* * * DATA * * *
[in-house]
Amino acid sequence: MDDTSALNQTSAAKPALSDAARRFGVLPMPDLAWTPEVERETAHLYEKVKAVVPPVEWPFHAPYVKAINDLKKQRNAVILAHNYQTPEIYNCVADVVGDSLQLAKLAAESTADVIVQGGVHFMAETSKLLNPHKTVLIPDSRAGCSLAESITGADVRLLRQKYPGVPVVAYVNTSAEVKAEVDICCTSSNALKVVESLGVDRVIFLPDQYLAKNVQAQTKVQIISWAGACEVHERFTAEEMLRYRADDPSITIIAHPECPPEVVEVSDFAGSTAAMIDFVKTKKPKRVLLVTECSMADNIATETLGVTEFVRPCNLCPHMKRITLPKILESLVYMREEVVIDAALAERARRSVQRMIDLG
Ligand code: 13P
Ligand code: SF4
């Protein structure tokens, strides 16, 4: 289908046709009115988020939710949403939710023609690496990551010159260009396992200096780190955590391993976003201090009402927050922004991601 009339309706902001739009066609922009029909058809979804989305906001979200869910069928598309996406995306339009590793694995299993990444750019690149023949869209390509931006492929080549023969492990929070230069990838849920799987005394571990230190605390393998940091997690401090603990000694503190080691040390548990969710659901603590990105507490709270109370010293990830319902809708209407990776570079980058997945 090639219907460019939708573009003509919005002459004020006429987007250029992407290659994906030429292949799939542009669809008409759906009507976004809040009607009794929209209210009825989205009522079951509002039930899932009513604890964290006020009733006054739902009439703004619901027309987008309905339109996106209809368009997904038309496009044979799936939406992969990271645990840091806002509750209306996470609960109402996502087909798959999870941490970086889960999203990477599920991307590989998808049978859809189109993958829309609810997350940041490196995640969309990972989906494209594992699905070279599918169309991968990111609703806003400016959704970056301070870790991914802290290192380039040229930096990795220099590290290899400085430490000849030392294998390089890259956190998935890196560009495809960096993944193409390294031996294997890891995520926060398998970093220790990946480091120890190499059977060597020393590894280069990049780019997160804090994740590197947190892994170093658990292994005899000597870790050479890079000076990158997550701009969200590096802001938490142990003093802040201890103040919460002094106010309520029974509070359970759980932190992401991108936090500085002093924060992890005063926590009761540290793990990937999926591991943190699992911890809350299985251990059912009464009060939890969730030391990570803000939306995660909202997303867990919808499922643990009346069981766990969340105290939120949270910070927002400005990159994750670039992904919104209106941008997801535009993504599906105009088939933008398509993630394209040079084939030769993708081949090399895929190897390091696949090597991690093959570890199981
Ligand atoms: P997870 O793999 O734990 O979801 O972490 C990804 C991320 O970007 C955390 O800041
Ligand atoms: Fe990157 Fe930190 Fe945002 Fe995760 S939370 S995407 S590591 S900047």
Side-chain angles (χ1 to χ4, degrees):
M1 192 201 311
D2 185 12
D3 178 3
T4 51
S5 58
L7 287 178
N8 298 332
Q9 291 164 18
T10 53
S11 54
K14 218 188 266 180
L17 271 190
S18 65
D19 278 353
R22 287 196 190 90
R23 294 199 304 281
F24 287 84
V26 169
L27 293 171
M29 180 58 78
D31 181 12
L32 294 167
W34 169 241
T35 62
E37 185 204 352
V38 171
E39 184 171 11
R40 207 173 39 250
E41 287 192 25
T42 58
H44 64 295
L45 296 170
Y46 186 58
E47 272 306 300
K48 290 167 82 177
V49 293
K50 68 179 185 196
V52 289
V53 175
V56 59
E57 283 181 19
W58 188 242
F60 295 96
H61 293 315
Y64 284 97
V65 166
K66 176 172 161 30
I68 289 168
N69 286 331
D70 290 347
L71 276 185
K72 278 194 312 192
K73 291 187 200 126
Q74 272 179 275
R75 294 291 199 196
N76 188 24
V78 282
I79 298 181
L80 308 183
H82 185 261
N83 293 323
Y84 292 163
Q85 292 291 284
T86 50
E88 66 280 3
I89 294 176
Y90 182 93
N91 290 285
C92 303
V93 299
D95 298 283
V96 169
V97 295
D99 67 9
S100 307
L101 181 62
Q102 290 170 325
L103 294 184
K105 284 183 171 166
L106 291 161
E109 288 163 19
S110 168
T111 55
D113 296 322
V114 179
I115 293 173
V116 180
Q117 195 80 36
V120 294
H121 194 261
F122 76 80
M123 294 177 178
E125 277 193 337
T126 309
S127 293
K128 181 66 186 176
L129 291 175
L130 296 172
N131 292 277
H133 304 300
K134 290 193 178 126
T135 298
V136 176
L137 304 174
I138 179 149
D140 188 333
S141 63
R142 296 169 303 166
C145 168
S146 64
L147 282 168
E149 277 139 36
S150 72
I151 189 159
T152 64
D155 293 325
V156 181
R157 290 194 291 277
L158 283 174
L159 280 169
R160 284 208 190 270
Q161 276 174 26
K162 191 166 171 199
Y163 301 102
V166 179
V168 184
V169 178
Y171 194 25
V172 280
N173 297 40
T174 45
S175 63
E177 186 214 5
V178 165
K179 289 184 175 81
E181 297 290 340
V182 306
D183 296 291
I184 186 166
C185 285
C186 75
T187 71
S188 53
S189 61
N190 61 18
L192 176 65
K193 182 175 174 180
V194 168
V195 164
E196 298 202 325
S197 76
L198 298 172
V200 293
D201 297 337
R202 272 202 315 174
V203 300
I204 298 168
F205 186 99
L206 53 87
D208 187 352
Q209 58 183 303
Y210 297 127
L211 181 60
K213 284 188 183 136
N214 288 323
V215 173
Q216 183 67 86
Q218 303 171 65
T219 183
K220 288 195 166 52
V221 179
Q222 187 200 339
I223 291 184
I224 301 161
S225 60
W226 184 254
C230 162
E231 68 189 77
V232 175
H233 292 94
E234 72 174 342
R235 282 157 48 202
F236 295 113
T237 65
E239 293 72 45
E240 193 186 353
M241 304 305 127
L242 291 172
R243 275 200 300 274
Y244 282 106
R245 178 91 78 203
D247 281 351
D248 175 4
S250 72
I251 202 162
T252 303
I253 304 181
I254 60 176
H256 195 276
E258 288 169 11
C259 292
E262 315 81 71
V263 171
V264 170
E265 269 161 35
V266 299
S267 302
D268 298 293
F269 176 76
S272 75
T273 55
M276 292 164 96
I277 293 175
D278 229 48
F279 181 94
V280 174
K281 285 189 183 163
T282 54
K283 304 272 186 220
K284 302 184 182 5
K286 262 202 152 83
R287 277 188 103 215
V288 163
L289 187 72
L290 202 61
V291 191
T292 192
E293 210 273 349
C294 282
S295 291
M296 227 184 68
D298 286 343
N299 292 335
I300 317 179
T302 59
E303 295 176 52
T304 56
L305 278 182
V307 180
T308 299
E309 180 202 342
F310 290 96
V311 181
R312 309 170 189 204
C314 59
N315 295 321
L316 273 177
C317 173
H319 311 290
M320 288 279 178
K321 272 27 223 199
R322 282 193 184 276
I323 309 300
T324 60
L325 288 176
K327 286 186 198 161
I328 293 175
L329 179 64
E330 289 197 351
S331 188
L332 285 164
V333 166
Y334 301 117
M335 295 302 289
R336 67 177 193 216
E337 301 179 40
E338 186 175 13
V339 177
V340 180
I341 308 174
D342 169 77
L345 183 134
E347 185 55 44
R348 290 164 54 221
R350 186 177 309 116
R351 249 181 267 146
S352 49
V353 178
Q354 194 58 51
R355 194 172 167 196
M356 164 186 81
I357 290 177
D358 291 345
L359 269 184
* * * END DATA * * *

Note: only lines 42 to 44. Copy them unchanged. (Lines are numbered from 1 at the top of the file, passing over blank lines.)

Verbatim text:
E47 272 306 300
K48 290 167 82 177
V49 293